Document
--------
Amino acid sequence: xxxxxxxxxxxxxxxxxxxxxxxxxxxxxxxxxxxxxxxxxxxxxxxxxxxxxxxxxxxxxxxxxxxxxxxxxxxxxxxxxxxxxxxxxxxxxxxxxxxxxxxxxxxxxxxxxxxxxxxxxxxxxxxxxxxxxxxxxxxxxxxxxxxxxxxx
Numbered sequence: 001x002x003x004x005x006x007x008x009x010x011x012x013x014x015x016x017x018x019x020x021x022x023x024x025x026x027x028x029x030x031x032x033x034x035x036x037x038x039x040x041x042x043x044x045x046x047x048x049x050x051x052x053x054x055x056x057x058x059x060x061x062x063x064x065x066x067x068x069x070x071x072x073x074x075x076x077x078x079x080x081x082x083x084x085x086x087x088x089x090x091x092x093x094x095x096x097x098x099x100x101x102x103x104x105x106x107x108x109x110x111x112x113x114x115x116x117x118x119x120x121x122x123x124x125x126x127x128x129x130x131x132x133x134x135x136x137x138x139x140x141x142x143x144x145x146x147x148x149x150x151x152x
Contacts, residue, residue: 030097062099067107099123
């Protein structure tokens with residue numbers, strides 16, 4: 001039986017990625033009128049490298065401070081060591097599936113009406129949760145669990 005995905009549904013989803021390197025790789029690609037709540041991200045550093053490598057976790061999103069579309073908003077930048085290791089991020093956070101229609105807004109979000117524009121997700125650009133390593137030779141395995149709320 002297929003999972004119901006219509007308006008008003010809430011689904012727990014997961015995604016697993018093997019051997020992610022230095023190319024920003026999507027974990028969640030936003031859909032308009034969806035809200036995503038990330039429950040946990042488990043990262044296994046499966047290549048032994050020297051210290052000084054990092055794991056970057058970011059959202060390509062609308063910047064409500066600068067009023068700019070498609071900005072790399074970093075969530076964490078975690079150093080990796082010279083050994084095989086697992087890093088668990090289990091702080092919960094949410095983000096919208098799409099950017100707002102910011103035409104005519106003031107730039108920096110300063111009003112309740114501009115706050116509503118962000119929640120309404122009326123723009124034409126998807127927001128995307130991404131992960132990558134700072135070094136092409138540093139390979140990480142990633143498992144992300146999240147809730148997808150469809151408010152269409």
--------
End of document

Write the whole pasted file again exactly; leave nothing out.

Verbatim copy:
Amino acid sequence: xxxxxxxxxxxxxxxxxxxxxxxxxxxxxxxxxxxxxxxxxxxxxxxxxxxxxxxxxxxxxxxxxxxxxxxxxxxxxxxxxxxxxxxxxxxxxxxxxxxxxxxxxxxxxxxxxxxxxxxxxxxxxxxxxxxxxxxxxxxxxxxxxxxxxxxx
Numbered sequence: 001x002x003x004x005x006x007x008x009x010x011x012x013x014x015x016x017x018x019x020x021x022x023x024x025x026x027x028x029x030x031x032x033x034x035x036x037x038x039x040x041x042x043x044x045x046x047x048x049x050x051x052x053x054x055x056x057x058x059x060x061x062x063x064x065x066x067x068x069x070x071x072x073x074x075x076x077x078x079x080x081x082x083x084x085x086x087x088x089x090x091x092x093x094x095x096x097x098x099x100x101x102x103x104x105x106x107x108x109x110x111x112x113x114x115x116x117x118x119x120x121x122x123x124x125x126x127x128x129x130x131x132x133x134x135x136x137x138x139x140x141x142x143x144x145x146x147x148x149x150x151x152x
Contacts, residue, residue: 030097062099067107099123
């Protein structure tokens with residue numbers, strides 16, 4: 001039986017990625033009128049490298065401070081060591097599936113009406129949760145669990 005995905009549904013989803021390197025790789029690609037709540041991200045550093053490598057976790061999103069579309073908003077930048085290791089991020093956070101229609105807004109979000117524009121997700125650009133390593137030779141395995149709320 002297929003999972004119901006219509007308006008008003010809430011689904012727990014997961015995604016697993018093997019051997020992610022230095023190319024920003026999507027974990028969640030936003031859909032308009034969806035809200036995503038990330039429950040946990042488990043990262044296994046499966047290549048032994050020297051210290052000084054990092055794991056970057058970011059959202060390509062609308063910047064409500066600068067009023068700019070498609071900005072790399074970093075969530076964490078975690079150093080990796082010279083050994084095989086697992087890093088668990090289990091702080092919960094949410095983000096919208098799409099950017100707002102910011103035409104005519106003031107730039108920096110300063111009003112309740114501009115706050116509503118962000119929640120309404122009326123723009124034409126998807127927001128995307130991404131992960132990558134700072135070094136092409138540093139390979140990480142990633143498992144992300146999240147809730148997808150469809151408010152269409």